Community Standards was established by the governing bodies of the University at Albany and is administratively the responsibility of the Vice President for Student Affairs. Any questions about the procedures of Community Standards may be secured by inquiry to that office.
Procedures for Resolving Academic Grievances
Students who seek to challenge an academic grade or evaluation of their work in a course or seminar, or in research or another educational activity may request a review of the evaluation by filing an academic grievance.
The Graduate Academic Council (GAC) and the Undergraduate Academic Council (UAC), through the work of their respective Committees on Admissions and Academic Standing (CAAS) are responsible for insuring that approved procedures exist within the schools, colleges, departments (if applicable) and programs of the University for students to file academic grievances. Copies of established grievance procedures shall be filed by each academic unit with the Offices of the Vice Provost and Dean of Graduate Education and the Vice Provost and Dean for Undergraduate Education and available to students at each school/college dean’s office.
It is expected that the grounds upon which an academic grievance may be based should be clearly identified. Such grounds may include variance from University grading standards/policies, grade calculation inconsistencies with that announced in published course syllabi, procedural abnormalities, or other factors that are alleged to have denied the student a fair evaluation. It is not expected that grievances will propose that the professional obligation of faculty to fairly evaluate academic material within their field of expertise will be supplanted by alternate means without procedural cause.
A student who seeks to dispute a grade or evaluation must initially pursue the matter directly with the faculty member involved. If not satisfactorily resolved directly with the faculty member, a written grievance may be filed with the program/department, or directly with school/college for units that are not departmentalized.
Should the grievance not be satisfactorily resolved at this initial level of review, students may pursue further consideration of the grievance at the next organizational level until such time as the grievance is considered at the University level by the GAC or UAC CAAS, as appropriate. To be considered timely and eligible for University level consideration, a grievance review must be requested by the student no later than 60 days from the notice of decision at the school or college level. Action on an academic grievance by the appropriate CAAS, upon acceptance by the GAC or UAC, as appropriate, is final and not subject to further formal review within the University. Only at this final level of grievance determination by the CAAS may a grade or other such evaluation be changed against the will of the faculty member(s) involved. In such rare cases, the Chair of the GAC or UAC, or its respective CAAS, as appropriate, may consult at his/her discretion with departmental faculty and/or appropriate scholars to determine an appropriate grade and authorize its recording by the Registrar.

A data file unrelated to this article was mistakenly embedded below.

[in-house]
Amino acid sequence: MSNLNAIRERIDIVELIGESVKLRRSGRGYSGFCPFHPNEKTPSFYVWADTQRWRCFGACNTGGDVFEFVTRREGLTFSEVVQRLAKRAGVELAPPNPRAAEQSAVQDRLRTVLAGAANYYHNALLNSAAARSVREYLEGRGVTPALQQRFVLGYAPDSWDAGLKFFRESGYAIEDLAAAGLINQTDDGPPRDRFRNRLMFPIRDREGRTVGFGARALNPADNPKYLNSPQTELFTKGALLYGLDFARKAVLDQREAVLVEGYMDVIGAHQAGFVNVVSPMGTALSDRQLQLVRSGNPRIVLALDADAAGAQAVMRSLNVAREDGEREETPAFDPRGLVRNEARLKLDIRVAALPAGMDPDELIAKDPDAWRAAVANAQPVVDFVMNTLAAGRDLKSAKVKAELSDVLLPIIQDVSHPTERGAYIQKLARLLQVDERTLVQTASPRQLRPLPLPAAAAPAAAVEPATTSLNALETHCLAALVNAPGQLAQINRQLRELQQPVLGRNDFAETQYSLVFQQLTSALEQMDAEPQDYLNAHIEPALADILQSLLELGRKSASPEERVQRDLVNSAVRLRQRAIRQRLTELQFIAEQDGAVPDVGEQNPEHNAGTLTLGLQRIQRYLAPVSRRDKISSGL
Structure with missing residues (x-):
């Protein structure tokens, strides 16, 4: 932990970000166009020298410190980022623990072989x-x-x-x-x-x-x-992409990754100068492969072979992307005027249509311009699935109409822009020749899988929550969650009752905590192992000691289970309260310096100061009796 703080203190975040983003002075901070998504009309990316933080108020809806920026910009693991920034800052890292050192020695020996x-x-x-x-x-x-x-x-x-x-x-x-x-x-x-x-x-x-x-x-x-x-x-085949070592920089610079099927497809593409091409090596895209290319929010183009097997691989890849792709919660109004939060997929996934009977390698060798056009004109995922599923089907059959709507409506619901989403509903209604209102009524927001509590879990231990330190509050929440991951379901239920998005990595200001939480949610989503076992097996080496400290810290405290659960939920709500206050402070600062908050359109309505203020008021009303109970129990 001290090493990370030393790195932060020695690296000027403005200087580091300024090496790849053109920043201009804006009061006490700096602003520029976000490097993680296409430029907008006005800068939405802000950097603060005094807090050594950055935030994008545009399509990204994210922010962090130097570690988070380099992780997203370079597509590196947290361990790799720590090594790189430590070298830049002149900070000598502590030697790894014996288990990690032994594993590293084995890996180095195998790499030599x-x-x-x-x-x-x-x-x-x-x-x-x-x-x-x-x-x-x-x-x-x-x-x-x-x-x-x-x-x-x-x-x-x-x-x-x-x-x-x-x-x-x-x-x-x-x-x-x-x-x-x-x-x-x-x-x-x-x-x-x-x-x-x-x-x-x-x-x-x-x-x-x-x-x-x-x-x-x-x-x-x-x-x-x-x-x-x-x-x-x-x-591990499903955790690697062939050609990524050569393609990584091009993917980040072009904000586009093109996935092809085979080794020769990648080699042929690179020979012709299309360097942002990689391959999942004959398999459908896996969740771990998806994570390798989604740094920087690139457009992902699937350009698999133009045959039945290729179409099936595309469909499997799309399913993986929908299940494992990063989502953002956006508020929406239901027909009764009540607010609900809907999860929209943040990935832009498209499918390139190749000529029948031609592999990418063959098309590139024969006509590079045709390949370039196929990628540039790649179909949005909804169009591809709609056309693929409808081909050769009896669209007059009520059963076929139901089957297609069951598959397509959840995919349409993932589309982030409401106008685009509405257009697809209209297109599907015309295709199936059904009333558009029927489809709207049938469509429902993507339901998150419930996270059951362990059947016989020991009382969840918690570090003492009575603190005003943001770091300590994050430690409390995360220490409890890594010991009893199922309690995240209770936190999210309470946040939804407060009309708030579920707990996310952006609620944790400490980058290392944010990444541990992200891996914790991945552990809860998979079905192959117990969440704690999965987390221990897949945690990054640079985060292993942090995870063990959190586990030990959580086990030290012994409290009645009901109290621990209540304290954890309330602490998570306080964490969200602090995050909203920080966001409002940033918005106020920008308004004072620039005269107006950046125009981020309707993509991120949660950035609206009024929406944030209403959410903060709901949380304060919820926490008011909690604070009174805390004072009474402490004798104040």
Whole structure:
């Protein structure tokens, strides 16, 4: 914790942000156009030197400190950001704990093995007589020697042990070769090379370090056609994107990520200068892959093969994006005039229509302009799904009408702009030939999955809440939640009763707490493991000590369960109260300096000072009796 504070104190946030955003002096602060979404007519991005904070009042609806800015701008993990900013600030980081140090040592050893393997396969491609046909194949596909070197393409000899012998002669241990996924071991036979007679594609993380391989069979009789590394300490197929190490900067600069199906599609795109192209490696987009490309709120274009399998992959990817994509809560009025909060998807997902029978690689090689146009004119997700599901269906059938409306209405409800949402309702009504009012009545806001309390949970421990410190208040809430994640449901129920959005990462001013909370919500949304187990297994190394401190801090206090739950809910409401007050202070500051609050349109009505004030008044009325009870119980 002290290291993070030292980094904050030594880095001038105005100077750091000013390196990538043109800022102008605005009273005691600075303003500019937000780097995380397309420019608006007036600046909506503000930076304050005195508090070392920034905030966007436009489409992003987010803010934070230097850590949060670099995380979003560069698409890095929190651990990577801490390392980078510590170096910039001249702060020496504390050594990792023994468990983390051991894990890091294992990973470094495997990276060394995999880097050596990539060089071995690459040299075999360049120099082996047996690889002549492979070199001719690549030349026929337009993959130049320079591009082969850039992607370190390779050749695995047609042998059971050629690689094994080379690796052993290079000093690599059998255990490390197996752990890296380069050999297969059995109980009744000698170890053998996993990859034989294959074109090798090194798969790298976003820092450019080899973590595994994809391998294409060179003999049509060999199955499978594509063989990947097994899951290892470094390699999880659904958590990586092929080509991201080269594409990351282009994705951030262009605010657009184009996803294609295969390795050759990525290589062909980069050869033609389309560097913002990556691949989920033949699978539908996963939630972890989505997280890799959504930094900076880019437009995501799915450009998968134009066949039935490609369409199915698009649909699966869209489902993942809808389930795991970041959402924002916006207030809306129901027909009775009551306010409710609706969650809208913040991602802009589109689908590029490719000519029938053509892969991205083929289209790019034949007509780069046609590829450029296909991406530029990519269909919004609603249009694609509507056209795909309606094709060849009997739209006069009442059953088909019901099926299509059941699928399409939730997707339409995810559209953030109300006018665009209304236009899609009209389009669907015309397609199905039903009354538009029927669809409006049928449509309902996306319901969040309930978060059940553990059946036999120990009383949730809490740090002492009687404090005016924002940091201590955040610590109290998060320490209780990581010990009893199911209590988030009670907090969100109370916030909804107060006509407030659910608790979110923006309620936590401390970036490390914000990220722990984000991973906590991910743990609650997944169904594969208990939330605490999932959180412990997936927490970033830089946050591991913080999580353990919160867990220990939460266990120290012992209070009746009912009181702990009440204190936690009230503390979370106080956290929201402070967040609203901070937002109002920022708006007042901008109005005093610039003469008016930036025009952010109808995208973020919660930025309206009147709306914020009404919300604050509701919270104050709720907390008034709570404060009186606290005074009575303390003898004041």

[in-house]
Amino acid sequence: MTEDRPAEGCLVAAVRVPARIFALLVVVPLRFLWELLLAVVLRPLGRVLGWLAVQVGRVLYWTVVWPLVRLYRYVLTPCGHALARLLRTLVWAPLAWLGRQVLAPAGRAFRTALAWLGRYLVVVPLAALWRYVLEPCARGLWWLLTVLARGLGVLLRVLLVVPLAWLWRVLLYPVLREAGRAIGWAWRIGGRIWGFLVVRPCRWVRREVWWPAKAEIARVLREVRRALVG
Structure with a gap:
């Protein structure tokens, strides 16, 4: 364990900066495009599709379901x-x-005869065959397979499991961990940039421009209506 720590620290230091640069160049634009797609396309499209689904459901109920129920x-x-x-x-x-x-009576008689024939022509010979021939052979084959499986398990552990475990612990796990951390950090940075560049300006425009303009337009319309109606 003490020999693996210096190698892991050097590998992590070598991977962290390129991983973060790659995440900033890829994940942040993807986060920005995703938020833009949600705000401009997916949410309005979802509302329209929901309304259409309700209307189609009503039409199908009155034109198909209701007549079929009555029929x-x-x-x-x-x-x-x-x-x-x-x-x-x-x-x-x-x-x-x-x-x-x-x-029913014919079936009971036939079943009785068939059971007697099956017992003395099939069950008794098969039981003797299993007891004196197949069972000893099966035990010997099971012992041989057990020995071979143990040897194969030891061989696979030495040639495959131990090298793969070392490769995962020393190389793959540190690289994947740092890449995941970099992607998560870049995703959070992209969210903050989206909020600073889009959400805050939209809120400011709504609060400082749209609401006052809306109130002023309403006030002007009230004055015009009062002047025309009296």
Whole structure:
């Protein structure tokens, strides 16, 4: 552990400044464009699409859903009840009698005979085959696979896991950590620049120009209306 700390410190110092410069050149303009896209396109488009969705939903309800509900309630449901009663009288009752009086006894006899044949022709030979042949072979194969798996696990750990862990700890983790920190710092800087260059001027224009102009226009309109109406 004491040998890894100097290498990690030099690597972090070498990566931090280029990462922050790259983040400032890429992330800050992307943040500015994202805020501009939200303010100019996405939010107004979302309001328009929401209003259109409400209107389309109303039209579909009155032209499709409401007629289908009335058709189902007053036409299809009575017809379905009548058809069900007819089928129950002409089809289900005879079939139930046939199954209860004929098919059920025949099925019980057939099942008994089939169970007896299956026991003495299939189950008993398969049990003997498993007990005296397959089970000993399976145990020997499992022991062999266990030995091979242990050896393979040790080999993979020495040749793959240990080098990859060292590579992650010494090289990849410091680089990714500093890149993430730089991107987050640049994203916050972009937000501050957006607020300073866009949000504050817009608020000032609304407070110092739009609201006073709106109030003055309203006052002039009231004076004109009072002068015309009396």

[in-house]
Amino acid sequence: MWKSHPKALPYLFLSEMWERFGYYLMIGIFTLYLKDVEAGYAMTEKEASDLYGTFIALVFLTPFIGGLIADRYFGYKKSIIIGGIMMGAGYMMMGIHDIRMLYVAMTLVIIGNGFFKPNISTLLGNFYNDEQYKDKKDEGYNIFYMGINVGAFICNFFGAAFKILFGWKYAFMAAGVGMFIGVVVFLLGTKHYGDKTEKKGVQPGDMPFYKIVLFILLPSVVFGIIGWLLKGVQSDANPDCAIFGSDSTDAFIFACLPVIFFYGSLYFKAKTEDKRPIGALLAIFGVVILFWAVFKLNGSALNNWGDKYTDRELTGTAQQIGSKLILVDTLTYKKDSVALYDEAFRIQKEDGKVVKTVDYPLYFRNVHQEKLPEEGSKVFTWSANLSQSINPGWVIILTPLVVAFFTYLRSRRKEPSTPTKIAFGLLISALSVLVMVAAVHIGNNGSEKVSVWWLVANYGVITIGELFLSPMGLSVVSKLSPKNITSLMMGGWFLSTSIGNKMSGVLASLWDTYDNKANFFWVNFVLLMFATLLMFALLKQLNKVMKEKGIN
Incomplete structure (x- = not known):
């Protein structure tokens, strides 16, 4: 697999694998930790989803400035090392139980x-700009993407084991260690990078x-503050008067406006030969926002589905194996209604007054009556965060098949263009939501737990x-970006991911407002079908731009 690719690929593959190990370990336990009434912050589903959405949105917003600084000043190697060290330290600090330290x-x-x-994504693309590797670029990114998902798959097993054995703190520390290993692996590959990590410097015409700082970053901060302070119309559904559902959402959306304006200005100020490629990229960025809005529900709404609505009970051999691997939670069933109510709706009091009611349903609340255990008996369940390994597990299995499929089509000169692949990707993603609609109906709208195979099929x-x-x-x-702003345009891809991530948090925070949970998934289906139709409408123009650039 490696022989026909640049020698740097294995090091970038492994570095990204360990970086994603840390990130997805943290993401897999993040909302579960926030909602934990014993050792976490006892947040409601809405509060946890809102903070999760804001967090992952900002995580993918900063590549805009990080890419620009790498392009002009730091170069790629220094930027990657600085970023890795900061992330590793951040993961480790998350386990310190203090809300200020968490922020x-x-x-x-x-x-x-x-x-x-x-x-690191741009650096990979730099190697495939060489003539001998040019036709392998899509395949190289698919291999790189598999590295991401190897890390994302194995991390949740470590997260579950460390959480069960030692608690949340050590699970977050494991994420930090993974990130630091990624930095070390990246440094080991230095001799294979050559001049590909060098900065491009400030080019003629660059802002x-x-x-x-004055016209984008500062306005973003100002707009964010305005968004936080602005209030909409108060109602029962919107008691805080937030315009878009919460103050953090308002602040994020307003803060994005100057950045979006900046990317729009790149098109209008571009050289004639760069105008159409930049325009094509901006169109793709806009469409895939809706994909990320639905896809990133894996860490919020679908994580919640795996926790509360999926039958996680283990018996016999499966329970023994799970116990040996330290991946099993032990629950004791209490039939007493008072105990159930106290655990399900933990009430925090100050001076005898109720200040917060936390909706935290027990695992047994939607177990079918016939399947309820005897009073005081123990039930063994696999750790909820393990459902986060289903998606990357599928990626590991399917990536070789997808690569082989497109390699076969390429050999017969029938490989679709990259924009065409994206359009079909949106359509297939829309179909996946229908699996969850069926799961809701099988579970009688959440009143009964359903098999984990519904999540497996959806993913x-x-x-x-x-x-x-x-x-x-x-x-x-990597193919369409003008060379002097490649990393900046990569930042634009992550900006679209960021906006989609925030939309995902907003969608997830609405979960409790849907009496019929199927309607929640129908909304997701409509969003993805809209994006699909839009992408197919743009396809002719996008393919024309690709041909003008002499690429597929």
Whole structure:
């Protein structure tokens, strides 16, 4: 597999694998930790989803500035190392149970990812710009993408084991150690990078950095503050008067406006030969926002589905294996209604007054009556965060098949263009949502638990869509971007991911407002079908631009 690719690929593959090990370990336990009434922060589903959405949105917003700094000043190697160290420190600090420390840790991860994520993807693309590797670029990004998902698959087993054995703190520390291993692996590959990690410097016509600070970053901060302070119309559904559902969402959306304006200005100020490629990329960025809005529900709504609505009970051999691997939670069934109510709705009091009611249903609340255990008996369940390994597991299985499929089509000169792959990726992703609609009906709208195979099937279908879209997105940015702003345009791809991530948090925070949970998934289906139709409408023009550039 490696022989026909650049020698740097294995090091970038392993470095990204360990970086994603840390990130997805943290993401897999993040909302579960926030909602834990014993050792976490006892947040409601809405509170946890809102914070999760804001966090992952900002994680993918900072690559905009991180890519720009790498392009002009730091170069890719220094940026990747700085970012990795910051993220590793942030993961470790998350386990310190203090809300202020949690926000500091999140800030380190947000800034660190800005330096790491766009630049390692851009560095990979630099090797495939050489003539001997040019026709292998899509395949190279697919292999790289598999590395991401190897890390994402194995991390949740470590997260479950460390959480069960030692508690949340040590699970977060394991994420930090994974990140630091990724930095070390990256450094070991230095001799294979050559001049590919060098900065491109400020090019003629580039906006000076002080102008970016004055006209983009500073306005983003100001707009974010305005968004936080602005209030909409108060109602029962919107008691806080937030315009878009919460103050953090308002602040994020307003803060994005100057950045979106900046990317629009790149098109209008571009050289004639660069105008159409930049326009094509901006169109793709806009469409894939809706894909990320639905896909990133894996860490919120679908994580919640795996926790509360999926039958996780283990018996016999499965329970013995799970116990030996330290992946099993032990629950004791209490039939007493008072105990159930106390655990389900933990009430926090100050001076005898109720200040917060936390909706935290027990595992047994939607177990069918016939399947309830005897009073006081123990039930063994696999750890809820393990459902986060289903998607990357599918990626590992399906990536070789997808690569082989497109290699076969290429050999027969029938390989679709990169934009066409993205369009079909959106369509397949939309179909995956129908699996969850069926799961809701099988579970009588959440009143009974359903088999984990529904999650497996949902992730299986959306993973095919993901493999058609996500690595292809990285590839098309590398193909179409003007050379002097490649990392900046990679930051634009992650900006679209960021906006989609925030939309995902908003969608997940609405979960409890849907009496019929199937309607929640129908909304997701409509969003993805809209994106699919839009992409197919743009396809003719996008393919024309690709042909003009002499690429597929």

In reviewing an academic grievance, the CAAS will consider the formal written petition from the student and corresponding written response/comment from the faculty, along with all records of consideration of the matter at prior levels of review. Although rare, the CAAS reserves the right to conduct a hearing with all parties present or it may decide to meet with each party separately. The nature and number of the representatives attending any such meeting will be at the discretion of the CAAS. These procedures adopted are those which the University believes will provide all parties involved the opportunity to present complete and factual information as necessary for the CAAS to render a fair decision.
The instructor of every section of an undergraduate class at the University at Albany shall provide each student in the section a printed or web-published copy of the syllabus for that section distributed during the first week of the class (preferably on the first regularly scheduled day the section meets). This syllabus must contain at least the information defined below. Each instructor retains the right to modify the syllabus and give notice in class of any modifications in a timely fashion. Students are responsible to apprise themselves of such notices.
Minimum Contents of a Class Syllabus:
- Catalog number and title of the course
- Number of credit hours
- Term and class number of the section
- Location(s) and meeting times of the section
- Instructor’s name and title
- If applicable, name(s) of teaching assistants in the class
- Instructor’s contact information (e.g., e-mail address, office phone number, office location, fax